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Publisher's Summary

The new book from the best-selling author of Flesh Wounds. A funny and frank look at the way Australia used to be - and just how far we have come. 

There’s plenty of nostalgia right now for the Australia of the past, but what was it really like? In The Land Before Avocado, Richard Glover takes a journey to an almost unrecognisable Australia. It’s a vivid portrait of a quite peculiar land: a place that is scary and weird, dangerous and incomprehensible, and now and then surprisingly appealing. It’s the Australia of his childhood. The Australia of the late '60s and early '70s. 

Let’s break the news now: they didn’t have avocado. It’s a place of funny clothing and food that was appalling, but amusingly so. It is also the land of staggeringly awful attitudes - often enshrined in law - towards anybody who didn’t fit in. 

The Land Before Avocado will make you laugh and cry, feel angry and inspired. And leave you wondering how bizarre things were not so long ago. Most of all, it will make you realise just how far we’ve come - and how much further we can go.

©2018 Richard Glover (P)2018 Bolinda

What listeners say about The Land Before Avocado

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OPTIMISM GALORE

How easy it is for me to sound like an old lady at 65 and go on a winge about the good old days. But no more! Richard, you have rocked my world. Out goes the complacency and in comes a truckload of gratitude and optimism. A wonderful look at Australia now and in the 70s. Well researched, extremely funny and full of memorable information. Loved it!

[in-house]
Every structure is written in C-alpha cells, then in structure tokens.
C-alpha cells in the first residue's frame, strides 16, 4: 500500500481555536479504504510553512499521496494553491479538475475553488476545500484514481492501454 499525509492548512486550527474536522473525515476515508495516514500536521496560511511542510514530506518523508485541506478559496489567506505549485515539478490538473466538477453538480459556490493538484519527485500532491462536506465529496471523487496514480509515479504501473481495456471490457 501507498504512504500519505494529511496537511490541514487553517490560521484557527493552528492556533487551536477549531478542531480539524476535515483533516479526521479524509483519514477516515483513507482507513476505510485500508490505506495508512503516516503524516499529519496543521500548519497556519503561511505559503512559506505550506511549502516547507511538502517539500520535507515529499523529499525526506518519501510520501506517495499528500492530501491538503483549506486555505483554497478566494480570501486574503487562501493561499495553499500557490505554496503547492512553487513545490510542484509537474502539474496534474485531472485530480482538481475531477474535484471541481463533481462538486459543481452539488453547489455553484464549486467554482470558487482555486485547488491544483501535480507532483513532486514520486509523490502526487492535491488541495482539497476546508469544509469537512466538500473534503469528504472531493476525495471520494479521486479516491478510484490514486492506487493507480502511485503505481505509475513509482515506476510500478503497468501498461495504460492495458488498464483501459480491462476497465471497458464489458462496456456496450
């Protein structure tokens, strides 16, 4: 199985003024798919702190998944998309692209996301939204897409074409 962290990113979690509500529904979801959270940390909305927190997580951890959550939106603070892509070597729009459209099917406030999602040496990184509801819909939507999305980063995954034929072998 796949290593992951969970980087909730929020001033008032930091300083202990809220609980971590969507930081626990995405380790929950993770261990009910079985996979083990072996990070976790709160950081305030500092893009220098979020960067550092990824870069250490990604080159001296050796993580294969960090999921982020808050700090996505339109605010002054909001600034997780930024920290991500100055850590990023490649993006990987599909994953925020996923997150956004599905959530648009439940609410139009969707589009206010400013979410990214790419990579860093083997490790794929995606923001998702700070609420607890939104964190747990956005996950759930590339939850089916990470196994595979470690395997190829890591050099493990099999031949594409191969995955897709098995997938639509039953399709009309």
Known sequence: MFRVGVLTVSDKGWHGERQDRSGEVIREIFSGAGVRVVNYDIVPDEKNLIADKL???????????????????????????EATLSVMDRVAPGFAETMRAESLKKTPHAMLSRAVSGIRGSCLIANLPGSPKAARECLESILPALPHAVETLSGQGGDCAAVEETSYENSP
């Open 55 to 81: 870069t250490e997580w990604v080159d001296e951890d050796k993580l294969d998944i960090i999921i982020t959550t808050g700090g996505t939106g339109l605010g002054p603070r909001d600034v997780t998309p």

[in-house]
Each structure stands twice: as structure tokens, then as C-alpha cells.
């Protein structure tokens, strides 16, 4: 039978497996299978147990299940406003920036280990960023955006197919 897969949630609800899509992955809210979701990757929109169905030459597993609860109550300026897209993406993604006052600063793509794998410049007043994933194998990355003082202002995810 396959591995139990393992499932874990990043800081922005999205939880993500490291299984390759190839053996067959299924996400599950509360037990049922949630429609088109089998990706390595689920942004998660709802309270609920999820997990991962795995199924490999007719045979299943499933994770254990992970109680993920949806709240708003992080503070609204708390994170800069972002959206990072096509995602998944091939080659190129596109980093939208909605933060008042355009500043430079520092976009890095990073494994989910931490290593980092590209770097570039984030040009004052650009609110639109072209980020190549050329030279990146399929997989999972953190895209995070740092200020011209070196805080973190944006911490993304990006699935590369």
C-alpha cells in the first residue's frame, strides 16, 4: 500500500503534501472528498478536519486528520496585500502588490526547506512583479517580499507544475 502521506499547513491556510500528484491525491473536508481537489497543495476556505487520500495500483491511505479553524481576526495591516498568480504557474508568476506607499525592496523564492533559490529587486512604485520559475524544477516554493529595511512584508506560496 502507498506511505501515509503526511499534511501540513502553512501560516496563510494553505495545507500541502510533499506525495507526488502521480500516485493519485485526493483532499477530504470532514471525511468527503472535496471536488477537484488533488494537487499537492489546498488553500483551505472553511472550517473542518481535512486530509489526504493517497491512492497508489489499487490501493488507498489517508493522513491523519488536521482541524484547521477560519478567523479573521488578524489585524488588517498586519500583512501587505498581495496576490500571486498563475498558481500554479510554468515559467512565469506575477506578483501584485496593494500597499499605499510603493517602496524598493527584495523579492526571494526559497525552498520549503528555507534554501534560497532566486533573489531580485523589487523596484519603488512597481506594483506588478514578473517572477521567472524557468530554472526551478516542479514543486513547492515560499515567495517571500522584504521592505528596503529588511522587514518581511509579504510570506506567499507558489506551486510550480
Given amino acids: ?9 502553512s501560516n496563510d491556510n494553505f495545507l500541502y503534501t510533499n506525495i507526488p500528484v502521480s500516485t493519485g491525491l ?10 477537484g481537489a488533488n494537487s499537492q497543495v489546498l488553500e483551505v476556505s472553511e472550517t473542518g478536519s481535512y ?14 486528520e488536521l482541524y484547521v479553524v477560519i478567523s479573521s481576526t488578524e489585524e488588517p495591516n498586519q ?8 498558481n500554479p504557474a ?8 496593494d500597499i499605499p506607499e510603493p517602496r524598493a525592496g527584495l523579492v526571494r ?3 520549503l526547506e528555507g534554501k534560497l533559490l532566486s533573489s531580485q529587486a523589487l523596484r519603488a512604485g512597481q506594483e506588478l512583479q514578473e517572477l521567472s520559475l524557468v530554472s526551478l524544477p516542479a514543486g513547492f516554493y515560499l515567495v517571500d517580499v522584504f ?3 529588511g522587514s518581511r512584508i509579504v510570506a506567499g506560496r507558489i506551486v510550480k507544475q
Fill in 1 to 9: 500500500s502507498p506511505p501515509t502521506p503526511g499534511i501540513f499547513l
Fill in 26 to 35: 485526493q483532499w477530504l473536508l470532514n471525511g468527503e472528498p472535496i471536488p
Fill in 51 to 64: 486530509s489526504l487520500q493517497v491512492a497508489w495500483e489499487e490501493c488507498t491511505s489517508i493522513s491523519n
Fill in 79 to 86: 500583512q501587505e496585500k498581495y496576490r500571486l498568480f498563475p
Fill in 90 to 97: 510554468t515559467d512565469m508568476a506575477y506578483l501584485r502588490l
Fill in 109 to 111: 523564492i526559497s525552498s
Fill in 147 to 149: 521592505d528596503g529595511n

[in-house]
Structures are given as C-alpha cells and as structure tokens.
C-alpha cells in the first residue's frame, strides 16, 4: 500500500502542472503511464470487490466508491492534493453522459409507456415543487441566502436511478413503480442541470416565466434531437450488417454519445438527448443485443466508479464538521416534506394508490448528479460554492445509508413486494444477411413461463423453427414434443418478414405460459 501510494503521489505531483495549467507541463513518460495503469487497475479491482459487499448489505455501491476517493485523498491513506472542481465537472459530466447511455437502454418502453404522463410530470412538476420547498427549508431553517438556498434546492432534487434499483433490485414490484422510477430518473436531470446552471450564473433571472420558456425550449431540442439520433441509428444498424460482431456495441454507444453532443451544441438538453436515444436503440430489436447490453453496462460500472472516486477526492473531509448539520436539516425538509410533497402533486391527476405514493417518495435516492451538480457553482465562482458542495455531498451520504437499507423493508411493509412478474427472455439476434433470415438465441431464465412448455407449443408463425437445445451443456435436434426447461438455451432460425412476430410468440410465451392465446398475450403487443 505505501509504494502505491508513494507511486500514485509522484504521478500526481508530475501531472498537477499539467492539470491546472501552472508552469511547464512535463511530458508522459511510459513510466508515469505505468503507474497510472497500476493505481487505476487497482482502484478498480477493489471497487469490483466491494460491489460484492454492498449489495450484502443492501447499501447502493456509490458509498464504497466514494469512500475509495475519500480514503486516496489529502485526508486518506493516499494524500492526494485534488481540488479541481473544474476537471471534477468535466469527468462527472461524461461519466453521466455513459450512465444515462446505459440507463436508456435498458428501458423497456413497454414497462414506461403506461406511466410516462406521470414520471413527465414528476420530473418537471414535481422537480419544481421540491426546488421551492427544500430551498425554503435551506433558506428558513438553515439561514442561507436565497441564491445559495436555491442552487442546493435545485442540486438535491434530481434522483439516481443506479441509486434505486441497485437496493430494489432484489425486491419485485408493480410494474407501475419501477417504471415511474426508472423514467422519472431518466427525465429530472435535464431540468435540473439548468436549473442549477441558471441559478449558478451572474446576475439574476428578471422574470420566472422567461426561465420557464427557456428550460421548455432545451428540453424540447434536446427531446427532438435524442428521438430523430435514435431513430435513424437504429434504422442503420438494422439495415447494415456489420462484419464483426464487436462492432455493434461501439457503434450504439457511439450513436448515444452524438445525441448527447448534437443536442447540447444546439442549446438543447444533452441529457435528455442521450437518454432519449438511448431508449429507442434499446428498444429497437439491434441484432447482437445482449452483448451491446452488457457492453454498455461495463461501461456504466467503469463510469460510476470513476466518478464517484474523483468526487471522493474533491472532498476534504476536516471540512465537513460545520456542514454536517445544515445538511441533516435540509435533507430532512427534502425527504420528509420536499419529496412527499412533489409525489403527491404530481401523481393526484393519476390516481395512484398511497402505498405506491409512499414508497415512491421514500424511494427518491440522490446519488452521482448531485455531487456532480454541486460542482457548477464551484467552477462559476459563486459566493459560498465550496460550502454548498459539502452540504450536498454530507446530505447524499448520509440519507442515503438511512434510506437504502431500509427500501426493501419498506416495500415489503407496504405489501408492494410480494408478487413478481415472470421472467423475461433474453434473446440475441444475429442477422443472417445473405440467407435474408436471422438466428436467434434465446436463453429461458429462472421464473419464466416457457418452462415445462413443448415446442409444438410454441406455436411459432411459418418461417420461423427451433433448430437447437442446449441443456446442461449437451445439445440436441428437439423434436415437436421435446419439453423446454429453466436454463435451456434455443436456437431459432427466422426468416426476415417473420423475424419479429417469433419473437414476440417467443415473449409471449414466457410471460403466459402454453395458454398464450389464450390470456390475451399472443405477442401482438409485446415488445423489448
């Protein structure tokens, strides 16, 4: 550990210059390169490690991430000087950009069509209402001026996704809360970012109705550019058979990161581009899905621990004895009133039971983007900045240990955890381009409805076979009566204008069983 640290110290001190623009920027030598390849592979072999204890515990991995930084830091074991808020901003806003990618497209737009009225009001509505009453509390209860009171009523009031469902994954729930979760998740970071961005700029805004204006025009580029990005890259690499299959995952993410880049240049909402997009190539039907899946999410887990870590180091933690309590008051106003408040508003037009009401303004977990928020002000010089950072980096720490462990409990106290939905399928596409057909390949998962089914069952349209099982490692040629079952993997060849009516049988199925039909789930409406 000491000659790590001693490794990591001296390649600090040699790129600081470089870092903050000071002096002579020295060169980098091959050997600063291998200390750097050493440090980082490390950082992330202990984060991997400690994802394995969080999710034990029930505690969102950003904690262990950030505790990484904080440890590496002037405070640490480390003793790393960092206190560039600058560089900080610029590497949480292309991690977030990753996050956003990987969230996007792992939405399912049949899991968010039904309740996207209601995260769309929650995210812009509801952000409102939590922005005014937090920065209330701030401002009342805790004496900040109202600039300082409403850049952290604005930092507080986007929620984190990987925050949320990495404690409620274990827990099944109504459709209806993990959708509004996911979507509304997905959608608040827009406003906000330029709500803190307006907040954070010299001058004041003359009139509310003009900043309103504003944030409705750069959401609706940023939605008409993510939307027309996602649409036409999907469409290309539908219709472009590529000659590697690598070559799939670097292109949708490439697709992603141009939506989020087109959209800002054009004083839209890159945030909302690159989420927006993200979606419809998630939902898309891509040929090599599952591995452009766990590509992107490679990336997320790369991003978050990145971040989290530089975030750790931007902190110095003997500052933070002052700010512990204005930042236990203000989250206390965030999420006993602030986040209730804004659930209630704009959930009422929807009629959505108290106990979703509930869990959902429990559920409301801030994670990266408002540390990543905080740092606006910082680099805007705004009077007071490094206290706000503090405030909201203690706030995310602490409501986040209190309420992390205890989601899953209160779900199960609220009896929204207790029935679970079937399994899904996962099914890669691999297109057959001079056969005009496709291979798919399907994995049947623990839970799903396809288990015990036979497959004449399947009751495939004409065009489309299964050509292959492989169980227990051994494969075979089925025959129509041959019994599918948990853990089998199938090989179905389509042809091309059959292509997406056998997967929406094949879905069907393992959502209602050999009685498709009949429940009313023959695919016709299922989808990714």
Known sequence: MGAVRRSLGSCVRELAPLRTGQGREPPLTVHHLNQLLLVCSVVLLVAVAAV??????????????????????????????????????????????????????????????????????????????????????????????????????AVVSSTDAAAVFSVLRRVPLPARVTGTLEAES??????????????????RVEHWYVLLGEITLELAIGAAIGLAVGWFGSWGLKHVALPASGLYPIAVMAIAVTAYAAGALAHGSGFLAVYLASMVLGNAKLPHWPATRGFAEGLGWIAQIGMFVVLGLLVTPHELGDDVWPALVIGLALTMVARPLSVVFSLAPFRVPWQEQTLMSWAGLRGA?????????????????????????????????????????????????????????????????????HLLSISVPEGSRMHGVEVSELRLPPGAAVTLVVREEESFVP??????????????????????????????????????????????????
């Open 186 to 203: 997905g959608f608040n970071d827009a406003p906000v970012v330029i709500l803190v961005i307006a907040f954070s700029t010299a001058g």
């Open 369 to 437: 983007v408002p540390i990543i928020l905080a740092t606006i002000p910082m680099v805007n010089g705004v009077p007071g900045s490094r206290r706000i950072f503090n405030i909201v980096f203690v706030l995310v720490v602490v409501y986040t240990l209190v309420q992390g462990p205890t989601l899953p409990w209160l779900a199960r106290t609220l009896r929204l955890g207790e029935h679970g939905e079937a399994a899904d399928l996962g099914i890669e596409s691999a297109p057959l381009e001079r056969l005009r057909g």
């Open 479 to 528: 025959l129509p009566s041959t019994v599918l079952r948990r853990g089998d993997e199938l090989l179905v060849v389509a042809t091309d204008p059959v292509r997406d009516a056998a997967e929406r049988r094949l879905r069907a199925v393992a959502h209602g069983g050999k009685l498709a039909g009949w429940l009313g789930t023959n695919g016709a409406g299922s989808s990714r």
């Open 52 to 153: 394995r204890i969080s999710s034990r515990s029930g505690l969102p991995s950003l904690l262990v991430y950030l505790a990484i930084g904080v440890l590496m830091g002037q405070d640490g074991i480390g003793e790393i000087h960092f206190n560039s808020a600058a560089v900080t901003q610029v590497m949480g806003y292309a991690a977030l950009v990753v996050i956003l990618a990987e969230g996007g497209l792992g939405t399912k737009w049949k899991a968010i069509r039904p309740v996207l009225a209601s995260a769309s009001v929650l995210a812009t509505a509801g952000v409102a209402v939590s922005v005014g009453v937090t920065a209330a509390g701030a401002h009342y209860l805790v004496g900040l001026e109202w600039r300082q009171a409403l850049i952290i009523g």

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A wonderful exploration of “us”

So many memories, thoughts and reflection on Australia’s journey to now. A serious study, cleverly disguised as a lighthearted comedy.
Richard is a master of that genre.
Highly recommend this to anyone who survived the 60’s -70’s or anybody interested in evolution.

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balanced, slightly dull look back on the 70's

what a great book title. had me hooked on that plus the richard fidler interview. unfortunately I don't quite think it's lived up to the lofty expectations. i didn't come away with a better idea of the zeigeist as a 90's/00's kid.

the first few chapters on the peculiarities of work and school were plenty interesting. the middle chapters on how hard it was for women and gays didn't teach me personally anything I didn't know. women were expected to be housewives. being gay was illegal. rather the author seemed to want to reach back in time to chastise his parents generation.

the last few chapters consisted of gatekeeping and hyperbole were a really disapointing way to end what should have been an interesting read. i don't care that you think coffee comes in to many different forms. i dont even like coffee but it annoys me when people tell others how to enjoy things. i dont care that you think music was better in the 70's. then the ending that life may be better now. no shit. we have less poverty and we all have the internet. even the most cynical teen wouldnt argue with that i imagine. im being harsh so I hope he doesnt read this. this might be one for 50's and 60's kid to read with rose coloures reading glasses.